Record number of nesting terns

PUBLISHED: 07:22 23 June 2006 | UPDATED: 11:04 22 October 2010

Yarmouth has added another spectacular attraction to its seafront medley of arcades, donkeys and sandcastles.

Yarmouth has added another spectacular attraction to its seafront medley of arcades, donkeys and sandcastles.

For the resort's most loyal trippers - little terns - have excelled themselves, coming in greater numbers than ever more.

This year the nest count at North Denes has topped 363 - smashing all previous totals since records began 21 years ago.

The number of pairs to settle has never before exceeded 300. The previous highest was 277 pairs in 1991.

The astounding sight of close to 700 birds flitting in and out of the water is delighting wardens who are anxiously awaiting the first hatchings next week.

RSPB spokesman Chris Durdin said the huge increase in numbers made it the biggest ever gathering of the rare seabird in Britain.

But he warned the colony had a treacherous record. High tides, predators and vandals had all taken their toll in the past and on one occasion a single hedgehog had destroyed 200 nests.

Mr Durdin said 2003 was a good year for the birds when 233 pairs fledged 447 chicks at Winterton. Those fledglings are now adults and appear to have swelled the colony, he added.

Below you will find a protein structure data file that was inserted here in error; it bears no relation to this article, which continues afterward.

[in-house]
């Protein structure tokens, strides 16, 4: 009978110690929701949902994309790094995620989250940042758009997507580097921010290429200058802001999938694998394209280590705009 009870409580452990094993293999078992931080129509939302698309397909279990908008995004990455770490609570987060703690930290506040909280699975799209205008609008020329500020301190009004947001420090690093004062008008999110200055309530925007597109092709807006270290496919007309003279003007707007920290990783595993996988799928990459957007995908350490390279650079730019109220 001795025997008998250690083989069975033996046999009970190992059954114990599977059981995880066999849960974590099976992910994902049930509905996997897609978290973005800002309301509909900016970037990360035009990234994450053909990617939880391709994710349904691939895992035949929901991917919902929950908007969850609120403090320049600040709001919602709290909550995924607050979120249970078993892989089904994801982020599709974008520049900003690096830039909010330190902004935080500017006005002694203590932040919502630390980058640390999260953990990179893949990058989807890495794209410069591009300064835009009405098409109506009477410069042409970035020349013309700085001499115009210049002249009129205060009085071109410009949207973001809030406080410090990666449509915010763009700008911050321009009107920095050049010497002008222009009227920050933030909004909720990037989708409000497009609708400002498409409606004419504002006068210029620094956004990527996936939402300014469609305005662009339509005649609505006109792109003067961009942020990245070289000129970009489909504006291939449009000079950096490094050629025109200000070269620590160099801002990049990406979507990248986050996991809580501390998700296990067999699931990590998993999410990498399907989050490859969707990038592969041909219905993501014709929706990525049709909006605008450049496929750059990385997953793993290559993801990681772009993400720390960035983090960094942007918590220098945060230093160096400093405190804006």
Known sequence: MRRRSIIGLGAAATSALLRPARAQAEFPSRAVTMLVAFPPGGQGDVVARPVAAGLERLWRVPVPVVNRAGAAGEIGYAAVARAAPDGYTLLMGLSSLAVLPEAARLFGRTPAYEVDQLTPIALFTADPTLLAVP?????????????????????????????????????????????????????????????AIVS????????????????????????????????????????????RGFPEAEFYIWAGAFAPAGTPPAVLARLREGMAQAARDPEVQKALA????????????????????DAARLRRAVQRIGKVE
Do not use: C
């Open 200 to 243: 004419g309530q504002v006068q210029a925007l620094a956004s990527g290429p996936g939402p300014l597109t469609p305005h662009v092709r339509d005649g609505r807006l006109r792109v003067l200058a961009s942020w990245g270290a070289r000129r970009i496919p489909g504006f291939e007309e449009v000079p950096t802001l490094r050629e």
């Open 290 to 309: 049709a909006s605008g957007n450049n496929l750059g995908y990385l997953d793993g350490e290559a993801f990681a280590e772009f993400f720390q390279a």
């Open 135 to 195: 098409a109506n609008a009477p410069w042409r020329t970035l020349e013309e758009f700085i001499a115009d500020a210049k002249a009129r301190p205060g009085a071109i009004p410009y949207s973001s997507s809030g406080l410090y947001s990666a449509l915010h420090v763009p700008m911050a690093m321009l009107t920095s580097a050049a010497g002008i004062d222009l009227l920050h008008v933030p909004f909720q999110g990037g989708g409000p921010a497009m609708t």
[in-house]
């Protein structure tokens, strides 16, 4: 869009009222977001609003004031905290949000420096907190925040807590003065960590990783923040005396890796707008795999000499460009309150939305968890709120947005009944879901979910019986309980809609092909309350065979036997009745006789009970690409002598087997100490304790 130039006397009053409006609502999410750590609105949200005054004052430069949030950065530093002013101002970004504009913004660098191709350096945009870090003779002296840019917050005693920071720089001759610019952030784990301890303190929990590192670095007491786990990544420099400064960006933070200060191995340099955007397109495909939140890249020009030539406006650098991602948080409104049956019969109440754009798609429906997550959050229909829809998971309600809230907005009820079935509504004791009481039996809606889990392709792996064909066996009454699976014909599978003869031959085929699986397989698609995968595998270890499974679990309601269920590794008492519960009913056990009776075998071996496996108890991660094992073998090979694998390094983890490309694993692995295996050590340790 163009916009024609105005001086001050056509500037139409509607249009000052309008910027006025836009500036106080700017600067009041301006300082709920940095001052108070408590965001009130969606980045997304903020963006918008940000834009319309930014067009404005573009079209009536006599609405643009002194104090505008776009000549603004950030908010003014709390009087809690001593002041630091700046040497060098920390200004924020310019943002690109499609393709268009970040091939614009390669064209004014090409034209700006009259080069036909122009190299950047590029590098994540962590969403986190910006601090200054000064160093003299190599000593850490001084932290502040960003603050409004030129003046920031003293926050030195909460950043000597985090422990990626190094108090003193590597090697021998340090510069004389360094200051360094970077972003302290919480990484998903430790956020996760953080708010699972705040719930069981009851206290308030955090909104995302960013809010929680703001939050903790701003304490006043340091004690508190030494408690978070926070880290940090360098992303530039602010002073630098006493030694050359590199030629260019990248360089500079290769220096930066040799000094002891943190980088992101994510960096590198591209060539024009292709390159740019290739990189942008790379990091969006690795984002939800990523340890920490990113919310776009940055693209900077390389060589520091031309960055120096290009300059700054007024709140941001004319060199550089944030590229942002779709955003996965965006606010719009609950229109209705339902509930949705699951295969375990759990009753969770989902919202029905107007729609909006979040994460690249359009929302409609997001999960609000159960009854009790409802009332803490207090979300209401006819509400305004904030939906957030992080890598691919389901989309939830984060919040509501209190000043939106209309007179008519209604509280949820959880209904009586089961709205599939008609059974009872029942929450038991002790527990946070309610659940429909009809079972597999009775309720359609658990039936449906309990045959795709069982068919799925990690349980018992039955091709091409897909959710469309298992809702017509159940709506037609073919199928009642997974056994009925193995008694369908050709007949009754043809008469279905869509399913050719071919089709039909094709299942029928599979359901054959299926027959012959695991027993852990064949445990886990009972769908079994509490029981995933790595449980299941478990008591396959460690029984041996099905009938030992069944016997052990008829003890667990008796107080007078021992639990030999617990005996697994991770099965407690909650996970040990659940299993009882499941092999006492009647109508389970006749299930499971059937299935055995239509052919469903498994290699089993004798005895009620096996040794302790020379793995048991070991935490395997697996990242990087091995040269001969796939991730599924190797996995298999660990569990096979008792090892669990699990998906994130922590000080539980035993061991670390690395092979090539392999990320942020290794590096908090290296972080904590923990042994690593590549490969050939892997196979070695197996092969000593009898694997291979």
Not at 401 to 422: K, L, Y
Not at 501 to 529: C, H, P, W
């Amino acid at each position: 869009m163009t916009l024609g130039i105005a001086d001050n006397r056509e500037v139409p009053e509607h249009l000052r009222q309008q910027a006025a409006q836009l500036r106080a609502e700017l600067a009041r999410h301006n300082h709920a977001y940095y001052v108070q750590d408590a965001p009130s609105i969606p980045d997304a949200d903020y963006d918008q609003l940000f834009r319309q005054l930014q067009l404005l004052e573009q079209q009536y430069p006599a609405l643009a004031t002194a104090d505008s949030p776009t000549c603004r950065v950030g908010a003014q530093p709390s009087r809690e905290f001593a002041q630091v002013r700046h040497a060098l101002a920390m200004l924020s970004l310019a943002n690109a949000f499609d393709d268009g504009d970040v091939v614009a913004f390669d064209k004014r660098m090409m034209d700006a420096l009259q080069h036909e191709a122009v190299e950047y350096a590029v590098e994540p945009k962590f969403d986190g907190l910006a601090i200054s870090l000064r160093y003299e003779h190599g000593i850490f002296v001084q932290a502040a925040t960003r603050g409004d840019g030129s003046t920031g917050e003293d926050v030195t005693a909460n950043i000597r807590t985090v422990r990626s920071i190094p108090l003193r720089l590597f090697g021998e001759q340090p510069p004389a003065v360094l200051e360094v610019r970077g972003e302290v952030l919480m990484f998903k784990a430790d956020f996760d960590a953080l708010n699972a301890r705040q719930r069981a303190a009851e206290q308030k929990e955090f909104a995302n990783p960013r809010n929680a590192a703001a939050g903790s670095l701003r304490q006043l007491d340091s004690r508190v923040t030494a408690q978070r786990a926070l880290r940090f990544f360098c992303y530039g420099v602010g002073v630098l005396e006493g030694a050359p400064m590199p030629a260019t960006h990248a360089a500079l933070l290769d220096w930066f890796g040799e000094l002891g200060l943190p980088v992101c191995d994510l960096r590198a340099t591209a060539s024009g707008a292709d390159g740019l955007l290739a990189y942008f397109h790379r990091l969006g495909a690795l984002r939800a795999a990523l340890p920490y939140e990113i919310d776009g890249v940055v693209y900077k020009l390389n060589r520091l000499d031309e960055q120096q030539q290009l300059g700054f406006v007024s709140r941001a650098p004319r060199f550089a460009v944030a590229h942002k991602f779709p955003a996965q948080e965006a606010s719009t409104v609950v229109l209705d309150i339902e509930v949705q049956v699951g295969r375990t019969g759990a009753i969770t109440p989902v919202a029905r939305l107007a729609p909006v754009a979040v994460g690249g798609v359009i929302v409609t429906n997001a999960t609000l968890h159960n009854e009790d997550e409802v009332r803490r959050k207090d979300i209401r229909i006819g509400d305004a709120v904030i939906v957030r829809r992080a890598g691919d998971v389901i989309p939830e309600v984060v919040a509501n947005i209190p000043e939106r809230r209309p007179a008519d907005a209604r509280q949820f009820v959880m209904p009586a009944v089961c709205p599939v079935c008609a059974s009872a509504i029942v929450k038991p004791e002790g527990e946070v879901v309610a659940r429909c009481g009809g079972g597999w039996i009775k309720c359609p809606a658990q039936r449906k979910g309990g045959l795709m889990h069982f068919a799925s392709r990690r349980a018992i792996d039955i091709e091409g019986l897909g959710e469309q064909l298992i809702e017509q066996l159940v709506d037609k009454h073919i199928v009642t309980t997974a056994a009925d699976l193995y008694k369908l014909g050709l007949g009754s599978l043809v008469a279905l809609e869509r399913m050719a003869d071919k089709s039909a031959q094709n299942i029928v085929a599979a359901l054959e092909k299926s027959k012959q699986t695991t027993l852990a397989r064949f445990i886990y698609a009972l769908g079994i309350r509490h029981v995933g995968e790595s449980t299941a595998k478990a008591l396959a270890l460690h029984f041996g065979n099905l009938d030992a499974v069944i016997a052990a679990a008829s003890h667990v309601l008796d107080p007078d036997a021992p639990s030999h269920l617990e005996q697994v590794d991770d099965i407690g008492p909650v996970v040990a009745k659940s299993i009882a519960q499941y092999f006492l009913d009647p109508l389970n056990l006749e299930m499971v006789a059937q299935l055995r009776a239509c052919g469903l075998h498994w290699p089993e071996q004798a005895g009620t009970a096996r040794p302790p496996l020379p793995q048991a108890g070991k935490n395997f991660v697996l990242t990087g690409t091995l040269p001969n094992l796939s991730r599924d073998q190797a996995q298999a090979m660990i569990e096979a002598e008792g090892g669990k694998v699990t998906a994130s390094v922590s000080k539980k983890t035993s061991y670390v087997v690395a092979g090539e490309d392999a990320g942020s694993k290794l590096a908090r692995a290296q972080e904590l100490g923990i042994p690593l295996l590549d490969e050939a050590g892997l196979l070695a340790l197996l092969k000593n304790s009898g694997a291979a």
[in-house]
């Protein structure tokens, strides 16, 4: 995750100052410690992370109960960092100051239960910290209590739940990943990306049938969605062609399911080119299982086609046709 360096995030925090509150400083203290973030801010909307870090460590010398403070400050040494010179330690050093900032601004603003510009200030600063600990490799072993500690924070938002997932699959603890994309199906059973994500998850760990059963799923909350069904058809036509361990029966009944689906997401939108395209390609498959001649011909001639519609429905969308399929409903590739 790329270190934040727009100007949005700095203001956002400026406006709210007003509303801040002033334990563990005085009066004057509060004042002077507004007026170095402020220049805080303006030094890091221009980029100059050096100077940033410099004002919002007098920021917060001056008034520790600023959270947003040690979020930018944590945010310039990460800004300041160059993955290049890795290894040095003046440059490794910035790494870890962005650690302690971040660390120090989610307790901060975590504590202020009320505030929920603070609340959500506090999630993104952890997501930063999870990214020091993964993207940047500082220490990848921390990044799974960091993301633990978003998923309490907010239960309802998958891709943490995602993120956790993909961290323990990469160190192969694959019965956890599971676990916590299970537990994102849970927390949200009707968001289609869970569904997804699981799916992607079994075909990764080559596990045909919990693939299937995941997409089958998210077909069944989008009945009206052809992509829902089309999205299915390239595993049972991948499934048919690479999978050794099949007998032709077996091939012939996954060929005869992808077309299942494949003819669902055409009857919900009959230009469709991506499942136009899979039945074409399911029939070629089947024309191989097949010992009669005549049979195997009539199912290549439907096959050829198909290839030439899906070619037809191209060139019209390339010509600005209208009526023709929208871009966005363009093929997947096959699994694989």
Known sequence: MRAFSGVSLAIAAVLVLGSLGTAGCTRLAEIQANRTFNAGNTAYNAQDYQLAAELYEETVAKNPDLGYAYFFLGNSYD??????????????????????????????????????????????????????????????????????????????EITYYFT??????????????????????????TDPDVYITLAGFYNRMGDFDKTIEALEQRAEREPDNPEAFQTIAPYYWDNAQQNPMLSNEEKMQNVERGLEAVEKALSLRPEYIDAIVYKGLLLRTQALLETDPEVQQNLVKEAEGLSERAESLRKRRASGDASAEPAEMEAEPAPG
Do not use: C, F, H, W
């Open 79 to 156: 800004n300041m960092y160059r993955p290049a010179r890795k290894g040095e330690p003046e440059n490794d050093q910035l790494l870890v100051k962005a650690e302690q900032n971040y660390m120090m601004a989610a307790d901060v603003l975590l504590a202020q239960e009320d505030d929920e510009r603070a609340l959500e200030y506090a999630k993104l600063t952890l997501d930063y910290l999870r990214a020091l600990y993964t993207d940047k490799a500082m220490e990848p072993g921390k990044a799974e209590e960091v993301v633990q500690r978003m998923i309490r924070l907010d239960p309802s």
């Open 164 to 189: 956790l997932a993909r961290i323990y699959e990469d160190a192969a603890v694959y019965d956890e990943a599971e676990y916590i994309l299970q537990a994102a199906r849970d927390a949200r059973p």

He said: "It is a reflection of how well they did at Winterton the other year and also the longevity of little terns. There are some ringed birds that show they can live for a decade or more."

Night watches have so far been successful in keeping out predators. There are around 2,000 little tern pairs in the UK with Great Yarmouth boasting an increasingly significant slice of the population.

Mr Durdin added: "As a spectacle it will be great for the next two or three weeks.

"It is a wonderful sight and the hustle and bustle will increase when the youngsters appear. The people of Yarmouth have been very welcoming. It is very easy to forget how extraordinary it is to have this nesting site within sight of the Golden Mile. It's another reason to visit Great Yarmouth and helps to broaden the resort's appeal."

The protection scheme is run in partnership with English Nature and Yarmouth borough council, who have provided funding. The project has also received funding this year from Yarmouth's local strategic partnership.

A guided walk of the breeding colony takes place on Sunday July 2. To book call 01603 715191. Adults £3, children £1 concs for RSPB members.

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